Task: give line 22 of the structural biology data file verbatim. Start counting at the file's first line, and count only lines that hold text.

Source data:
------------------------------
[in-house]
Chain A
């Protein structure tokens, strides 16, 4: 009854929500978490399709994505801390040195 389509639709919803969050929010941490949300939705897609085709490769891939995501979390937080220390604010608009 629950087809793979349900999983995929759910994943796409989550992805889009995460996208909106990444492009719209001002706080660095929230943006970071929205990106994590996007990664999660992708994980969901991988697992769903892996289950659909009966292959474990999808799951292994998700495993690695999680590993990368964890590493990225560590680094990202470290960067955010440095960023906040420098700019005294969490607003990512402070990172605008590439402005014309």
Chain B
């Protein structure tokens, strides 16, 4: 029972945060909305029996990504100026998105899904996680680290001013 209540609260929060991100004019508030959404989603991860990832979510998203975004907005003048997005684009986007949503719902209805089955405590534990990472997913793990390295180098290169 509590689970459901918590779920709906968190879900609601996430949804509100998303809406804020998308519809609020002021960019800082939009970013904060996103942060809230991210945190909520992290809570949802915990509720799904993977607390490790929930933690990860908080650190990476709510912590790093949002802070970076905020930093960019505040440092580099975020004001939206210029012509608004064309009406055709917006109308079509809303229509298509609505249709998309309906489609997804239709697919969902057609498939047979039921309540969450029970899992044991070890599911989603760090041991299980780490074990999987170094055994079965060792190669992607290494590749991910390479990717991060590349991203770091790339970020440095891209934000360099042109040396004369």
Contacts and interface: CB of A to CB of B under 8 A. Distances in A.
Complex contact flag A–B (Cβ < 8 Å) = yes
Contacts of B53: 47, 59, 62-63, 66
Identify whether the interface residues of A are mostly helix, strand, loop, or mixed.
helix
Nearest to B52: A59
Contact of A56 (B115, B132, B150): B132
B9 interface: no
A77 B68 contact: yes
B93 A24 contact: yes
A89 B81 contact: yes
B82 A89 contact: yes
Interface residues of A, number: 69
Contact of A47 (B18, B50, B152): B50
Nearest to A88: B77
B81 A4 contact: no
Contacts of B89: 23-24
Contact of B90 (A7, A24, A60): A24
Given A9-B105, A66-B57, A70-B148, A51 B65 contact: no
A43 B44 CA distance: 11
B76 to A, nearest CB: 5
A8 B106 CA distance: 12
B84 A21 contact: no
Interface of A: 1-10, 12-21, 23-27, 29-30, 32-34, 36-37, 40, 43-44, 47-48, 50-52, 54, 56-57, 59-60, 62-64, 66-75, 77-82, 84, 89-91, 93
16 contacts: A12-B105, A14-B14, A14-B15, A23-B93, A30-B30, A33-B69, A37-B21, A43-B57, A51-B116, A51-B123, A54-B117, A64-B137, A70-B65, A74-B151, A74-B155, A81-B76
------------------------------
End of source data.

Contacts of B89: 23-24